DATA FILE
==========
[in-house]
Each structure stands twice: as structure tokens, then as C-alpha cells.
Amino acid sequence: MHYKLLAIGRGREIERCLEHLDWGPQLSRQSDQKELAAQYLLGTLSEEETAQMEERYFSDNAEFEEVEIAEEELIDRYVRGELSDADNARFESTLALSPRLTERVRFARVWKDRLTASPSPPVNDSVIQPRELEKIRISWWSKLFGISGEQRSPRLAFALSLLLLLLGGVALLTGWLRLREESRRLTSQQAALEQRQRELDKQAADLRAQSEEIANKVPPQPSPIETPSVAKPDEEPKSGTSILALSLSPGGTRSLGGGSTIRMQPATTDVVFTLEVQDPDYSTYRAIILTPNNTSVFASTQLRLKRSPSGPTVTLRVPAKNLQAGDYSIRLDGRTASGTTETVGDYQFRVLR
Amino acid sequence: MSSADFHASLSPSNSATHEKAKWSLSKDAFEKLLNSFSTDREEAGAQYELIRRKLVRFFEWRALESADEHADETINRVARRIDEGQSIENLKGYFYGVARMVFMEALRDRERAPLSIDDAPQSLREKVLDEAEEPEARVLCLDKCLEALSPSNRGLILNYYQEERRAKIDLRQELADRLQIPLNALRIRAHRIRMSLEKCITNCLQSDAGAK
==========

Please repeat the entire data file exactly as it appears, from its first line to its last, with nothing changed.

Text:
[in-house]
Each structure stands twice: as structure tokens, then as C-alpha cells.
Amino acid sequence: MHYKLLAIGRGREIERCLEHLDWGPQLSRQSDQKELAAQYLLGTLSEEETAQMEERYFSDNAEFEEVEIAEEELIDRYVRGELSDADNARFESTLALSPRLTERVRFARVWKDRLTASPSPPVNDSVIQPRELEKIRISWWSKLFGISGEQRSPRLAFALSLLLLLLGGVALLTGWLRLREESRRLTSQQAALEQRQRELDKQAADLRAQSEEIANKVPPQPSPIETPSVAKPDEEPKSGTSILALSLSPGGTRSLGGGSTIRMQPATTDVVFTLEVQDPDYSTYRAIILTPNNTSVFASTQLRLKRSPSGPTVTLRVPAKNLQAGDYSIRLDGRTASGTTETVGDYQFRVLR
Amino acid sequence: MSSADFHASLSPSNSATHEKAKWSLSKDAFEKLLNSFSTDREEAGAQYELIRRKLVRFFEWRALESADEHADETINRVARRIDEGQSIENLKGYFYGVARMVFMEALRDRERAPLSIDDAPQSLREKVLDEAEEPEARVLCLDKCLEALSPSNRGLILNYYQEERRAKIDLRQELADRLQIPLNALRIRAHRIRMSLEKCITNCLQSDAGAK